Town of Niagara Supervisor Steven C. Richards wants other Niagara Power Coalition members to give his town a half megawatt of electricity, but officials from Niagara Falls and Niagara County disagree on how that should happen.
The town needs the power in order to bring its total allocation to one full megawatt, Richards told coalition members during a meeting Thursday in the Niagara County Center for Economic Development. Obtaining that quantity of power would in turn allow the town to establish its own entity capable of receiving the electricity, known as a municipal distribution agency, Richards said.
"I'm in a little tight spot," Richards said, adding that he believes being without the full megawatt means the town would lack flexibility and affect its "ability to protect the future."
The town is already set to receive a half megawatt of low-cost hydropower Sept. 1 through a settlement signed in June 2005 with the New York Power Authority.
Under the agreement, each of the seven coalition members will receive a share of 25 megawatts of cheap electricity and annual cash payments totaling at least $8 million over the next 50 years.
The coalition consists of Niagara County, Niagara Falls, the towns of Lewiston and Niagara as well as the school districts of Niagara-Wheatfield, Niagara Falls and Lewiston-Porter.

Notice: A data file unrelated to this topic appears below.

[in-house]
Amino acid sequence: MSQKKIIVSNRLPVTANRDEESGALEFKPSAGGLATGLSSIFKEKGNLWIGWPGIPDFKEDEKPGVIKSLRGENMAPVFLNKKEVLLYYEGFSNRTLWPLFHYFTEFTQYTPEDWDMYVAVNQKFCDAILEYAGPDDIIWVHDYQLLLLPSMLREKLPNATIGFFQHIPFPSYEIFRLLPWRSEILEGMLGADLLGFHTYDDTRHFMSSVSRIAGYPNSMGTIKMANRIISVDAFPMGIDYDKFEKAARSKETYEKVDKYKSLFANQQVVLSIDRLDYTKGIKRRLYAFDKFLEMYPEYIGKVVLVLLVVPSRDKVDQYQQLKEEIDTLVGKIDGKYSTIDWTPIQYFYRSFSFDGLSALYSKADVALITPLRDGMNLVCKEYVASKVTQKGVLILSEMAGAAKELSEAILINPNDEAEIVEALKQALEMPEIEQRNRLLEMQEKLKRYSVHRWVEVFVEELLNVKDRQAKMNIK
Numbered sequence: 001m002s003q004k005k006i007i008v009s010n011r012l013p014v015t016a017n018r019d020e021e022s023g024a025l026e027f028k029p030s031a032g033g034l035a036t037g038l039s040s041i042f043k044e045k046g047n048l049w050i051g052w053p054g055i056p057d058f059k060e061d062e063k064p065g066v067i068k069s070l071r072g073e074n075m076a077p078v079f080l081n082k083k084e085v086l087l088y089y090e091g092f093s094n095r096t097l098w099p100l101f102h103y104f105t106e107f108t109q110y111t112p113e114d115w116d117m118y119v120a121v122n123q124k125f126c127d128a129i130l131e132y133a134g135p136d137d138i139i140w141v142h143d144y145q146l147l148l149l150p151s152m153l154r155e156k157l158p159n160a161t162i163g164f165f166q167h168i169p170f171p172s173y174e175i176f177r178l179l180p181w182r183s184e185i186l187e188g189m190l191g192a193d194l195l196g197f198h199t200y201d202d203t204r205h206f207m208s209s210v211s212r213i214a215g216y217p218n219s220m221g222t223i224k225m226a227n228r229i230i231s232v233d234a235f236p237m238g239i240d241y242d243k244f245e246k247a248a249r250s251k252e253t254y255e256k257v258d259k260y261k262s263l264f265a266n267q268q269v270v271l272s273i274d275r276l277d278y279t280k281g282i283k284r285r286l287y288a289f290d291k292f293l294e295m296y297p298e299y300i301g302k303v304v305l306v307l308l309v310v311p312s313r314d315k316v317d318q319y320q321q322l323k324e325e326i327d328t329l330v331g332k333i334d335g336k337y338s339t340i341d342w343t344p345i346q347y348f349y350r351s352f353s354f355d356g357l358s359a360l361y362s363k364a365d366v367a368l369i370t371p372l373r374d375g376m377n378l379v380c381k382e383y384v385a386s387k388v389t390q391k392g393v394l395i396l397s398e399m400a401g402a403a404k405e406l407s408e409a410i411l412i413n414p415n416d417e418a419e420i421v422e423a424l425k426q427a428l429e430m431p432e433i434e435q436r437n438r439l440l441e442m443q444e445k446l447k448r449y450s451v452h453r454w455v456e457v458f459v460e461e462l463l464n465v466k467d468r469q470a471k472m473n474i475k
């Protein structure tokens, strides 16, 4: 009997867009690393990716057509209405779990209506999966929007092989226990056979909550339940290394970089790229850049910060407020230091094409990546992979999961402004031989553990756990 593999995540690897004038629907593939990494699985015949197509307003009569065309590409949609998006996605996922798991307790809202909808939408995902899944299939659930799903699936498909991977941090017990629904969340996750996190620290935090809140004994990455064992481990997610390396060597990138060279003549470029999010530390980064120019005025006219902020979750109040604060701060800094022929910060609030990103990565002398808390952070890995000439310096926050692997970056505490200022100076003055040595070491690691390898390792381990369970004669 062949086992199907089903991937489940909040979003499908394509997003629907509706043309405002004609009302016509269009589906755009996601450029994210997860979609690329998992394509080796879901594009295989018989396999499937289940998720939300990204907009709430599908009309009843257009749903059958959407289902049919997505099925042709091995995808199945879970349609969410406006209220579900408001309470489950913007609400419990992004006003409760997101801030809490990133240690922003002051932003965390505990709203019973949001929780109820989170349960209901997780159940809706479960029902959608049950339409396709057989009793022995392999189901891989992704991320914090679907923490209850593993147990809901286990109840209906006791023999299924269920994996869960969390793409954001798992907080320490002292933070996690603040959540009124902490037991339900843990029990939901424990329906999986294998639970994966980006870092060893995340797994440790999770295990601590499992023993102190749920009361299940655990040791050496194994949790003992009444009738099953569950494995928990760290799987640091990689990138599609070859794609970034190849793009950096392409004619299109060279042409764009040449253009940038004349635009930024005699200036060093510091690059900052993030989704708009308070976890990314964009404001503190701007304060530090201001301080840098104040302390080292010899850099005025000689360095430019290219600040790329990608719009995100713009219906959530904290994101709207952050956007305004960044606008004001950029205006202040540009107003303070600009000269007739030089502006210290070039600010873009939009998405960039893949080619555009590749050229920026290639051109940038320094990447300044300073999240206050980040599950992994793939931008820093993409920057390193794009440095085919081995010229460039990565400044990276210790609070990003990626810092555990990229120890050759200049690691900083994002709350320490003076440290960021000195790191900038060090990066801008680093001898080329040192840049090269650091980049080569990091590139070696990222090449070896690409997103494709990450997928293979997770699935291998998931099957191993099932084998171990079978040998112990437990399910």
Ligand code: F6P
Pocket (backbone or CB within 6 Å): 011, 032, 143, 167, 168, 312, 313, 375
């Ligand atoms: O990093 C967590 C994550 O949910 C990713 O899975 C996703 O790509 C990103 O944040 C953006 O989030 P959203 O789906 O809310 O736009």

The group formed in the early 1990s in preparation for collective settlement negotiations with the Power Authority for the relicensing of the Niagara Power Project.
The amount of electricity set to arrive to each member through the settlement was based on each member's usage. Under the agreement, Niagara County is set to receive 9 megawatts, the largest allocation of any coalition entity.
One megawatt of electricity is estimated to supply enough energy for 800 to 1,000 homes.
Richards said he has proposed that the other six coalition members each give the town .08 megawatt, which he estimates has a present value of about $20,000.
Niagara Falls Mayor Vince Anello said he supports Richards' request but wants the county to supply the half megawatt. Anello accused county officials of changing which county entities they plan to allocate their share of the electricity to.
R. Thomas Burgasser, assistant county attorney, said the county agreed during negotiations to take less cash in exchange for a greater allocation of electricity.
"We're going to be looking for cash back," Burgasser said.
Angelo Massaro, attorney for the Niagara Falls City School District, asked the group's attorney to look into whether a "gift" of electricity from one municipality to another is legal.